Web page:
The Human Mind; The Activistic Basis of Knowledge; Necessity and Volition; Certainty and Uncertainty; On Some Popular Errors Concerning the Further Implications of the Neglect of Economic Thinking; The Epistemological Roots of Monism; Positivism and the Crisis of Western Civilisation; Index.
Ludwig von Mises (18811973) was the leading spokesman of the Austrian School of economics throughout most of the twentieth century. Bettina Bien Greaves is a former resident scholar and trustee of the Foundation for Economic Education and was a senior staff member at FEE from 1951 to 1999.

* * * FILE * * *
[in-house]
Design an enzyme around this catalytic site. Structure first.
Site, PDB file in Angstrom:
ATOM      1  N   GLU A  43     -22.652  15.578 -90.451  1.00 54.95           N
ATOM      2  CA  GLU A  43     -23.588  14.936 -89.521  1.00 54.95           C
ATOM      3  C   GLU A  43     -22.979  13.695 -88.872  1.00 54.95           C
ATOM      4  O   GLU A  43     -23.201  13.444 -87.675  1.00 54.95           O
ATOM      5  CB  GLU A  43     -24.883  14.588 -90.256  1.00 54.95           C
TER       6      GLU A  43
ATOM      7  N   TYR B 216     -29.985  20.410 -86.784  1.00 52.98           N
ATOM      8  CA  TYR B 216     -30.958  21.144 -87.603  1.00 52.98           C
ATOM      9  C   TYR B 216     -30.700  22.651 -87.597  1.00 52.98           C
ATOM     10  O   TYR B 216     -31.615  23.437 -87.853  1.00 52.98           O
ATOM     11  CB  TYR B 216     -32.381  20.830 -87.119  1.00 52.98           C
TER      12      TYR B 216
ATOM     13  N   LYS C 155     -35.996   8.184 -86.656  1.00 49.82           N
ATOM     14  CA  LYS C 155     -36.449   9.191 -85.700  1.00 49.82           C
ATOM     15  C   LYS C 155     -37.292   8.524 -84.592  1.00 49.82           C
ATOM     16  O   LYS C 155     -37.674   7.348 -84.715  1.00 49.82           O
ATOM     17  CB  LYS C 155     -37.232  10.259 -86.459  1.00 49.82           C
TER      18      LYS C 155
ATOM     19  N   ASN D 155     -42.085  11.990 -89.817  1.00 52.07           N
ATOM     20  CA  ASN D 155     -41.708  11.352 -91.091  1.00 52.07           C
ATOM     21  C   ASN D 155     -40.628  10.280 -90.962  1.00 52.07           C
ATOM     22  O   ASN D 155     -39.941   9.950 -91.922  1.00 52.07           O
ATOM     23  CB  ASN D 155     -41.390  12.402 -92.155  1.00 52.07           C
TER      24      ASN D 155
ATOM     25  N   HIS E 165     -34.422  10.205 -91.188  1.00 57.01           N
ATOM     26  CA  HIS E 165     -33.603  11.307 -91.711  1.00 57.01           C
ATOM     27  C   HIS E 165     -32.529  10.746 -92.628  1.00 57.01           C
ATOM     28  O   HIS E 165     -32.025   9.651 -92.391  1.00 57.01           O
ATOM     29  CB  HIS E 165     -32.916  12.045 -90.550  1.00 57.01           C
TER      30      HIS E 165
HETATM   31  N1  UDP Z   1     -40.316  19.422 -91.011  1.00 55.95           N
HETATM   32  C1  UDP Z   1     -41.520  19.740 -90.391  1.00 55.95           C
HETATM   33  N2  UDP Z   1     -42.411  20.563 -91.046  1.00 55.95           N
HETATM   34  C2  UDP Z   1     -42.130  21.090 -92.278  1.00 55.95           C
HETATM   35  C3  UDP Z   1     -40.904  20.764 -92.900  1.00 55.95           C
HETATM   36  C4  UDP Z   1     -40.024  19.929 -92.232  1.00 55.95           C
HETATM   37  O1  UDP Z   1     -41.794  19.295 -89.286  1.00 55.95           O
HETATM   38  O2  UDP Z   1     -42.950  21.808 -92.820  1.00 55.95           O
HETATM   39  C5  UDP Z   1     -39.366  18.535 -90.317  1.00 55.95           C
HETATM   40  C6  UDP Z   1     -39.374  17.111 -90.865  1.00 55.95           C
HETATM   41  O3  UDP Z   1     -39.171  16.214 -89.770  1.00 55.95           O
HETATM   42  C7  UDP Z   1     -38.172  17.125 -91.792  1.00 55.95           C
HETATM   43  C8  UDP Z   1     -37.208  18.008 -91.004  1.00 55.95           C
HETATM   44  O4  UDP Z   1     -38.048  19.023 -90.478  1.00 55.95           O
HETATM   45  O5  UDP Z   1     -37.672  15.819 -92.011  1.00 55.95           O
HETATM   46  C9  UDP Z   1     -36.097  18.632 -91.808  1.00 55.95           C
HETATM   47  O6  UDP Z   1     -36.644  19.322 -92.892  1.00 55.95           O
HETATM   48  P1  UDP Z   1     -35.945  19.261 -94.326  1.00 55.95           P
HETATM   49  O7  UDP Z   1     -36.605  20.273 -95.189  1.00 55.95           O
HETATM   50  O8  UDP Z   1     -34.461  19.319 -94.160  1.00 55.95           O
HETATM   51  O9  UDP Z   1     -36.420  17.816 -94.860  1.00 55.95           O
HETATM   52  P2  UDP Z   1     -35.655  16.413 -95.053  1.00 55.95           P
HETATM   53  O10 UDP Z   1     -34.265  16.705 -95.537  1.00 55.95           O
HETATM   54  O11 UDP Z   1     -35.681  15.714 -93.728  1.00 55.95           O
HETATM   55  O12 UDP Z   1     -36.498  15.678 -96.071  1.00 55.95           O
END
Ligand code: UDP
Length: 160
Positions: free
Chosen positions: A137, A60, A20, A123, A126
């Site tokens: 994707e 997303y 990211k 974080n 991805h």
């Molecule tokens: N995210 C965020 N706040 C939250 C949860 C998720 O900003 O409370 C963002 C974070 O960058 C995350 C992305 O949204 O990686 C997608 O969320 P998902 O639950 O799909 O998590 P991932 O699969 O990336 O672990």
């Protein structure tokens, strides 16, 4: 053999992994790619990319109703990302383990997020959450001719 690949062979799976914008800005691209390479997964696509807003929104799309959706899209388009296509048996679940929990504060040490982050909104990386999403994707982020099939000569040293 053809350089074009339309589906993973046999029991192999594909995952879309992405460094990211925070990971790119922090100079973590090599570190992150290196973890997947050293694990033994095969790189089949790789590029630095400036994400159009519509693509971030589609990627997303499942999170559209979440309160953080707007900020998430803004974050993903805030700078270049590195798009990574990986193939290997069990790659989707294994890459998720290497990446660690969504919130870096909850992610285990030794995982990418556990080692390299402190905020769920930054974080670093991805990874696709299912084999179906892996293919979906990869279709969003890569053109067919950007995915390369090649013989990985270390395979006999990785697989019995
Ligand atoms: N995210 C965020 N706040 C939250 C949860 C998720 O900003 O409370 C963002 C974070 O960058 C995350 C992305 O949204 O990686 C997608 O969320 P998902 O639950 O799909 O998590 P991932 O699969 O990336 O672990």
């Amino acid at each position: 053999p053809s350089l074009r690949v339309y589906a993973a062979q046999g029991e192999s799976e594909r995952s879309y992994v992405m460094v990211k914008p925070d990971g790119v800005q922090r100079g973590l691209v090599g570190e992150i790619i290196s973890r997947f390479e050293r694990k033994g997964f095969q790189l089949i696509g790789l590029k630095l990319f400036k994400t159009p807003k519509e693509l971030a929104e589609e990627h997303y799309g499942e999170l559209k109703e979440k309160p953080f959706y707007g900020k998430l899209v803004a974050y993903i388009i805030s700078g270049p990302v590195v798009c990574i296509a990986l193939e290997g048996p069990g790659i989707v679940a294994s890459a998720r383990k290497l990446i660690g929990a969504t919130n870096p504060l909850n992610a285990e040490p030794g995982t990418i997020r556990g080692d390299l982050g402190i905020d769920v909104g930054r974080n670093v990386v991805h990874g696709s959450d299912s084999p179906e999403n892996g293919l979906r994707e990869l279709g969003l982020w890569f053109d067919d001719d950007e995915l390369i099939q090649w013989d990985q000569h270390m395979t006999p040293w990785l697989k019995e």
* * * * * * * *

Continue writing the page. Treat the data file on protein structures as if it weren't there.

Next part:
Ludwig von Mises (1881-1973), considered by many to be the leading
light of the Austrian School of economics, first published this
essay in 1963 for the purpose of summing up his thoughts on the
epistemological foundations of economics. He concisely explains the
Austrian School's position that economic theory is logically
derived from basic principles of human reaction. This "praxeology"
explains how all human action is intended to improve an
individual's satisfaction and how this, in turn, leads to
understanding markets and capital decisions. Reference & Research